What can you say about Sierra Boggess? She is Christine Daae. Her performance was touching, conflicted, and filled with yearning -- frankly, I don't have enough words to express the depth of her portrayal or her wonderful vocals on stage. Her and Ramin were meant to play the part together. Their chemistry had already been forged in their roles in Love Never Dies, and that chemistry was brought to the 25th Anniversary celebration. Great casting choice, though some may disagree in my assessment and the reasons behind those choices.

I had never heard of Hadley Fraser until the 25th Anniversary cast was announced. Wonderful choice for Raoul, the Vicomte de Chagny. He played it with just a tad bit of aristocratic arrogance, which was quite appropriate since he was a patron of the opera house, rich beyond belief, titled, and handsome to boot. I thought his endearment toward Christine quite touching, and his hatred toward his rival quite convincing. His vocals were superb.

As far as the remaining cast who played Meg, Madame Giry, Carlotta, Piangi, and the managers, they are all to be congratulated for their fantastic performances. They all deserve five star ratings, as well as the ensemble and chorus. Loved them all!

The onstage reprisals and celebration after the performance were fantastic. I get such joy seeing Andrew Lloyd Webber. (#1 bucket list for me - meet the guy personally). To top it off, we saw and heard Sarah Brightman, Anthony Warlow (former AU production), John Owen Jones (current Phantom in London), Colm Wilkinson (former Phantom Toronto), and Peter Joback (new Phantom for London effective March 2012). Michael Crawford came out on stage and the audience, of course, gave him the accolades due for being in the original cast. It was a very moving ending indeed.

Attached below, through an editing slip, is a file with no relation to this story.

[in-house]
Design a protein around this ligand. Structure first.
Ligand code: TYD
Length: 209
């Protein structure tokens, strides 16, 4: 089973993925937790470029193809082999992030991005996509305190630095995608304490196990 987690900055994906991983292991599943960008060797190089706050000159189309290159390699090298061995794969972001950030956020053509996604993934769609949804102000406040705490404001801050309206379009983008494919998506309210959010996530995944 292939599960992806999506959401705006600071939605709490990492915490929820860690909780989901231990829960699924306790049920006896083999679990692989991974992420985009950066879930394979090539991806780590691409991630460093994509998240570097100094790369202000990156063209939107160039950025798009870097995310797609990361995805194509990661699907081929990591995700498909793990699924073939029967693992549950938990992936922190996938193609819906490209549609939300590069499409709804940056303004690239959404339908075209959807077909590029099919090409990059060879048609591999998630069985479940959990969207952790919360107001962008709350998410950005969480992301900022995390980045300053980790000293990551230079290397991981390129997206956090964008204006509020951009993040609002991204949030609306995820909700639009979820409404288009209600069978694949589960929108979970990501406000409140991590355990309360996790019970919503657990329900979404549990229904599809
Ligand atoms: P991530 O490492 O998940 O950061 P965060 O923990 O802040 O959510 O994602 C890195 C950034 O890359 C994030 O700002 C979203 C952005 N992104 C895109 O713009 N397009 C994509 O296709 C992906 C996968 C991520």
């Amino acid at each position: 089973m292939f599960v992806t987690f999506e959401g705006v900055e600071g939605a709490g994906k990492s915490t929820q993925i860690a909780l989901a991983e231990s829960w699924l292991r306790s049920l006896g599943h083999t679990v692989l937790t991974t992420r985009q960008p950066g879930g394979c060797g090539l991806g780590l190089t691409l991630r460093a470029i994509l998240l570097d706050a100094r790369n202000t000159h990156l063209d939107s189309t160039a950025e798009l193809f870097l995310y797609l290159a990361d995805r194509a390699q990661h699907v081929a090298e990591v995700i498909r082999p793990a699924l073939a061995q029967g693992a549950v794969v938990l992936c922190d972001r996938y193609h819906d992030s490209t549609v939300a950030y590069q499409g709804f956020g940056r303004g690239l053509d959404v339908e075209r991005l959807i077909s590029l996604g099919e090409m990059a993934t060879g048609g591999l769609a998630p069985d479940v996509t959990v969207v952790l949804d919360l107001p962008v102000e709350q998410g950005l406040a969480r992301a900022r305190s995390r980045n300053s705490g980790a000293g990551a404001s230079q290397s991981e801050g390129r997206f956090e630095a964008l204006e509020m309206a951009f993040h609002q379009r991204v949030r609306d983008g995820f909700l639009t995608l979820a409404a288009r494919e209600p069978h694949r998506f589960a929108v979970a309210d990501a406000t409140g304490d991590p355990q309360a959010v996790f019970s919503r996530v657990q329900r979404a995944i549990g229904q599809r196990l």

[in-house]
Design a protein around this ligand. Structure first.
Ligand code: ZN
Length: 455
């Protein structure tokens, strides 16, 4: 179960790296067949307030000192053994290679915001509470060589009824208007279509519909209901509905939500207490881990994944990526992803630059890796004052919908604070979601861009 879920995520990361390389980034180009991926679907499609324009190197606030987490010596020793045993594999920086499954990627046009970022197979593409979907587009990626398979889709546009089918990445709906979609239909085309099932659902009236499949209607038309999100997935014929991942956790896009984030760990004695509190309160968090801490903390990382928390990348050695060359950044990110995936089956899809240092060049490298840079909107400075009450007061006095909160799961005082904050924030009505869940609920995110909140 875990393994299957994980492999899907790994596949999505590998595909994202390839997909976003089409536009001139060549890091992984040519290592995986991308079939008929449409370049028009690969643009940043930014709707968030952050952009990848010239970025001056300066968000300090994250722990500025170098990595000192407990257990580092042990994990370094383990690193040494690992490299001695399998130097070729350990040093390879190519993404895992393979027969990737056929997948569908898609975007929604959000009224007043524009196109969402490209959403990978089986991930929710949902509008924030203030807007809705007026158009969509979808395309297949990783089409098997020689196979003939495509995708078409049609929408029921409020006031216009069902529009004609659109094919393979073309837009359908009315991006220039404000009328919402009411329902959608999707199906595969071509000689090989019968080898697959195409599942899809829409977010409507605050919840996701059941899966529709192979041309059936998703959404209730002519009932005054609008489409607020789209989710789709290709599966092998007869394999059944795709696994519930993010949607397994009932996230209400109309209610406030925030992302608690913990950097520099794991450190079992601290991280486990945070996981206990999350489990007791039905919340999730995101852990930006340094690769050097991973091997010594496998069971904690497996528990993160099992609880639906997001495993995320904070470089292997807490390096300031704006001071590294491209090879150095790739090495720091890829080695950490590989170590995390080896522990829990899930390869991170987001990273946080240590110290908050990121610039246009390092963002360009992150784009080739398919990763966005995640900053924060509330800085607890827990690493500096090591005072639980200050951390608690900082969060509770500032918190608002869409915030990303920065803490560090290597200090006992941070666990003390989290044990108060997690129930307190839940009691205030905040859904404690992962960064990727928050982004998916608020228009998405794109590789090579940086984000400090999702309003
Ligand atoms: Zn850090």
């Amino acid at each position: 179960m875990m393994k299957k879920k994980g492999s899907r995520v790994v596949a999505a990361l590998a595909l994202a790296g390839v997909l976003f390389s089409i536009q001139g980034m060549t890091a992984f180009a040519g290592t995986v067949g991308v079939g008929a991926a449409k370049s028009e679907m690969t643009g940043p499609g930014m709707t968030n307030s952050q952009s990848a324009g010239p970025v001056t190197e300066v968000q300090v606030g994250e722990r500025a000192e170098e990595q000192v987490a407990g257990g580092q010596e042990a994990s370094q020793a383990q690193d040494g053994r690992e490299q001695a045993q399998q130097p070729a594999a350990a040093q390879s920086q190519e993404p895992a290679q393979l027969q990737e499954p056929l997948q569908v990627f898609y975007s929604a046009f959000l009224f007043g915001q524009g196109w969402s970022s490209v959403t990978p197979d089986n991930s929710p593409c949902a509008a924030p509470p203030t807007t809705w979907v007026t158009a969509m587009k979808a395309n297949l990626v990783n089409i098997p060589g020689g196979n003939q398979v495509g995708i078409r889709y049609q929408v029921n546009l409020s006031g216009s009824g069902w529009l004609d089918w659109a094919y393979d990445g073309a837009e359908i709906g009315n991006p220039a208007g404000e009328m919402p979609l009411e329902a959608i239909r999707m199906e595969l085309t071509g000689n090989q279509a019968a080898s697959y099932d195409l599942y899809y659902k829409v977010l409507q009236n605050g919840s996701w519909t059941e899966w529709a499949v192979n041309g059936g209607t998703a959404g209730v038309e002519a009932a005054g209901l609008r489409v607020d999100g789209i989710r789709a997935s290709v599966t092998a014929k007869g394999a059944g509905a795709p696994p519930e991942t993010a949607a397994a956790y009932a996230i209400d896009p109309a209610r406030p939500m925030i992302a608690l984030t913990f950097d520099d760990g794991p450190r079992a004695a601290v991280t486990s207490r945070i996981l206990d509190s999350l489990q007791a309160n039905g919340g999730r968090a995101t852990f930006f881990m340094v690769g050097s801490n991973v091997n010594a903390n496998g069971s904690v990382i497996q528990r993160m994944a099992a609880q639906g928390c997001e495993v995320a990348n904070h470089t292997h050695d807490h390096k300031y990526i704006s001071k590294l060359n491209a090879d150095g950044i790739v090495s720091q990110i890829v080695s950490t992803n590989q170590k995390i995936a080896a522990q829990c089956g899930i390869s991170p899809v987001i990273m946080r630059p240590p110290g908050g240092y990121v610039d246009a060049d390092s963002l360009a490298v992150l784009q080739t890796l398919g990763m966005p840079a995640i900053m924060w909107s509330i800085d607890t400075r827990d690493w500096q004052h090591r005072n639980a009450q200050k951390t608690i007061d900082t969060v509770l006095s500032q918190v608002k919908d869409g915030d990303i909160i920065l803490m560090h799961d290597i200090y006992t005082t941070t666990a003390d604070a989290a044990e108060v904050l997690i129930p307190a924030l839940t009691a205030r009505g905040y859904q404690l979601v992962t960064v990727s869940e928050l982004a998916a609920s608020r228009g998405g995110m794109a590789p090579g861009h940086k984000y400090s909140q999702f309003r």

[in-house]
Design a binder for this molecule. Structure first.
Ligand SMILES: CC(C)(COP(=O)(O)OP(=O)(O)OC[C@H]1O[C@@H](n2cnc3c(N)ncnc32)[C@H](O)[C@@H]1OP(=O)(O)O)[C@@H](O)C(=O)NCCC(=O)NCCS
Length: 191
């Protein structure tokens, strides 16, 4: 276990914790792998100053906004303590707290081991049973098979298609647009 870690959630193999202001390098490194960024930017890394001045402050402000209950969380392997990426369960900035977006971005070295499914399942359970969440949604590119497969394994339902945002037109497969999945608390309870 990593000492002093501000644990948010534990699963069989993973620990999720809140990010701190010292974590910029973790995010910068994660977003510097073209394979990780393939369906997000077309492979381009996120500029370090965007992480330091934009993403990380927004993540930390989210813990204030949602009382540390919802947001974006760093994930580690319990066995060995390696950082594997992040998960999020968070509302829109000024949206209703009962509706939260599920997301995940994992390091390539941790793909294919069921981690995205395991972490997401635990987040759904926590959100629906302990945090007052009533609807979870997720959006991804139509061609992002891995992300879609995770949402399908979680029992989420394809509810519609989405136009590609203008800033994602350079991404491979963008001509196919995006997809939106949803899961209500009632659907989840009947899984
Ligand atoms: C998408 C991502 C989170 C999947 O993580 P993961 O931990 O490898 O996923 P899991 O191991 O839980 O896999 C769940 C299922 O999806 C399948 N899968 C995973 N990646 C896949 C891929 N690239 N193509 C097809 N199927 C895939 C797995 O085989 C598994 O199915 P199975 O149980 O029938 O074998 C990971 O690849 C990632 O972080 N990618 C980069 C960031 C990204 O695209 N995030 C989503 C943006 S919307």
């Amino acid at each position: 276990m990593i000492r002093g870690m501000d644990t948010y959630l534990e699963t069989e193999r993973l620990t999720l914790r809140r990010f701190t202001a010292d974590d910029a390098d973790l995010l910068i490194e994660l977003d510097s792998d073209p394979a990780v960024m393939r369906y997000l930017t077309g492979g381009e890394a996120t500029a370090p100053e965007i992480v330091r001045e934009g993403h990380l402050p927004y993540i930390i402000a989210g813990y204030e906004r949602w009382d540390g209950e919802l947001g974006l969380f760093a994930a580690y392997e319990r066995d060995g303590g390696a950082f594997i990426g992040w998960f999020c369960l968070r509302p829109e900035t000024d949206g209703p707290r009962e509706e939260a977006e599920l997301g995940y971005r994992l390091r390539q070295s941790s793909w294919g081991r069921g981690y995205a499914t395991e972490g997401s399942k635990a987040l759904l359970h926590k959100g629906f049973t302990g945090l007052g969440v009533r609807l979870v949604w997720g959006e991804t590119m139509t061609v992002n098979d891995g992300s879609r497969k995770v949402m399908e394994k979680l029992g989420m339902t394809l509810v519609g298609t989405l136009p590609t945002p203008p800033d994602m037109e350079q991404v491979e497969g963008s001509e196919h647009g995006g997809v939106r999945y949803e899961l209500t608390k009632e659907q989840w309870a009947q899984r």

Yes, it was a celebration of the 25th anniversary. Of course, other reviews contrary to my own are popping up making it more of a condemnation instead. And, yes, you are entitled to your opinions. I can only add that the joy of Phantom is a universal gift that has been bestowed upon us by Andrew Lloyd Webber and the many others responsible for the creation of this wonderful production. As for me, I will not and cannot condemn and nitpick to death the beauty of yesterday's production. Why? Because it's not about me, folks, nor shockingly is it about you. It's about the continued existence of this wonderful show and story and the success of 25 years rolled into a program of celebration.

In conclusion, all I can say is that it will be forever etched in my mind as a fantastic presentation of the story I so dearly love. I hope to own it on DVD one day and play it until I have to buy another copy because I've worn it out.

If you haven't had the opportunity to see it yet, it's replaying encore performances at selected theaters this week. CLICK HERE for information and tickets. Go! Go and enjoy it and glory in the celebration of The Phantom of the Opera.

The Phantom's Student aka Vicki

P.S. Read a great article of accolades BROADWAY WORLD


Shadow of a Joke said...

A brilliant review. I too saw it screened and thought it fantastic. It is nice to have close ups that you would not witness in the albert hall audience, still being there would have been spectacular too. Cant wait to buy it on dvd. I enjoyed reading this. Thank you.

Anonymous said...

Hi everyone… I’m from the PR company who are looking after the release of the CD and DVD of recordings from the Royal Albert Hall Phantom 25th Anniversary celebrations. If you would like any more information or to chat, my email address is:

Danielle Talbot said...

Lovely review!